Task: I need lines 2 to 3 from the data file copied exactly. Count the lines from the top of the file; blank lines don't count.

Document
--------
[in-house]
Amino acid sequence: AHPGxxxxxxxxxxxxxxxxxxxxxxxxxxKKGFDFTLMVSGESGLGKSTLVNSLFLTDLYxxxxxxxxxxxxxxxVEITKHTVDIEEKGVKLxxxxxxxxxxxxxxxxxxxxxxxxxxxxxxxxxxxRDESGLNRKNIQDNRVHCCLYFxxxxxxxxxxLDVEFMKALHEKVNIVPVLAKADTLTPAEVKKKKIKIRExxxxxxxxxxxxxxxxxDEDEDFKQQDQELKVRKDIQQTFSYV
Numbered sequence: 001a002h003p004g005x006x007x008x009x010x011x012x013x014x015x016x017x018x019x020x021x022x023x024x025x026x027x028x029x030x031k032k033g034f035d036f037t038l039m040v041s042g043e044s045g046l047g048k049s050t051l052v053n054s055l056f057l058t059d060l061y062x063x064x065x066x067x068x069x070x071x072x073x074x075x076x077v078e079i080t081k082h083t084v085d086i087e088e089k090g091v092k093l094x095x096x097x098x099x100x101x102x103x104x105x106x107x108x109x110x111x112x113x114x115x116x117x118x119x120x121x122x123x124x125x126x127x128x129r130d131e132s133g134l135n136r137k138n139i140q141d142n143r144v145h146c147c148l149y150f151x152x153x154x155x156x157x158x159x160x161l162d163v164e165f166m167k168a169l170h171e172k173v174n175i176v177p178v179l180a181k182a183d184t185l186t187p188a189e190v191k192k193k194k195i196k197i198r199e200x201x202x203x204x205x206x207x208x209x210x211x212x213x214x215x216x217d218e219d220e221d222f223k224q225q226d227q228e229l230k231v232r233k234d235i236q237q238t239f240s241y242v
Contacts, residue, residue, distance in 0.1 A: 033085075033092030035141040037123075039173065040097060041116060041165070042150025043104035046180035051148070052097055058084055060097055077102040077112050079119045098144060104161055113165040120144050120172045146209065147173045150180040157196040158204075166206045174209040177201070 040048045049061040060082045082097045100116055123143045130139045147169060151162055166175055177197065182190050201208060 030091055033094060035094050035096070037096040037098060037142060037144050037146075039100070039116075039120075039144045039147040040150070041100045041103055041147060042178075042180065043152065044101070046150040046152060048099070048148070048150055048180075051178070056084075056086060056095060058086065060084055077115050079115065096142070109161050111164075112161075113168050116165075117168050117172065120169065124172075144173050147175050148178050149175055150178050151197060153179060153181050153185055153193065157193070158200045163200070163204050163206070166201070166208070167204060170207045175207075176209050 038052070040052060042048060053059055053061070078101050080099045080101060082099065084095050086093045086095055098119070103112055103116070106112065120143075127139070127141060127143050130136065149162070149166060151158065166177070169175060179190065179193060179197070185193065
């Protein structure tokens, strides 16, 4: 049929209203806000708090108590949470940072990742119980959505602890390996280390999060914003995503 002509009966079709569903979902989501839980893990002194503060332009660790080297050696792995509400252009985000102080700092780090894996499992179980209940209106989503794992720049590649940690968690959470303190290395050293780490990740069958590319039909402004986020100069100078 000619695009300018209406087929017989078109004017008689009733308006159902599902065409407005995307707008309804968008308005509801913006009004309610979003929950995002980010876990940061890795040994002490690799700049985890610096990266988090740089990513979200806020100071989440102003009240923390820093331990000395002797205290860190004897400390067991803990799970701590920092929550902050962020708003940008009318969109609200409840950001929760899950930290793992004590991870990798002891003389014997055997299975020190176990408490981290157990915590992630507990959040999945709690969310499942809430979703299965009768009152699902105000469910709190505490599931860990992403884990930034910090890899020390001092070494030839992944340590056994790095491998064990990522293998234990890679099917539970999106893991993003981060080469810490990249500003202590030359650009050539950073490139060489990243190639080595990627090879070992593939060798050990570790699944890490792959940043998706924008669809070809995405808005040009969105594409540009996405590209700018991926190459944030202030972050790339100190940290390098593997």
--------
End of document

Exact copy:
Amino acid sequence: AHPGxxxxxxxxxxxxxxxxxxxxxxxxxxKKGFDFTLMVSGESGLGKSTLVNSLFLTDLYxxxxxxxxxxxxxxxVEITKHTVDIEEKGVKLxxxxxxxxxxxxxxxxxxxxxxxxxxxxxxxxxxxRDESGLNRKNIQDNRVHCCLYFxxxxxxxxxxLDVEFMKALHEKVNIVPVLAKADTLTPAEVKKKKIKIRExxxxxxxxxxxxxxxxxDEDEDFKQQDQELKVRKDIQQTFSYV
Numbered sequence: 001a002h003p004g005x006x007x008x009x010x011x012x013x014x015x016x017x018x019x020x021x022x023x024x025x026x027x028x029x030x031k032k033g034f035d036f037t038l039m040v041s042g043e044s045g046l047g048k049s050t051l052v053n054s055l056f057l058t059d060l061y062x063x064x065x066x067x068x069x070x071x072x073x074x075x076x077v078e079i080t081k082h083t084v085d086i087e088e089k090g091v092k093l094x095x096x097x098x099x100x101x102x103x104x105x106x107x108x109x110x111x112x113x114x115x116x117x118x119x120x121x122x123x124x125x126x127x128x129r130d131e132s133g134l135n136r137k138n139i140q141d142n143r144v145h146c147c148l149y150f151x152x153x154x155x156x157x158x159x160x161l162d163v164e165f166m167k168a169l170h171e172k173v174n175i176v177p178v179l180a181k182a183d184t185l186t187p188a189e190v191k192k193k194k195i196k197i198r199e200x201x202x203x204x205x206x207x208x209x210x211x212x213x214x215x216x217d218e219d220e221d222f223k224q225q226d227q228e229l230k231v232r233k234d235i236q237q238t239f240s241y242v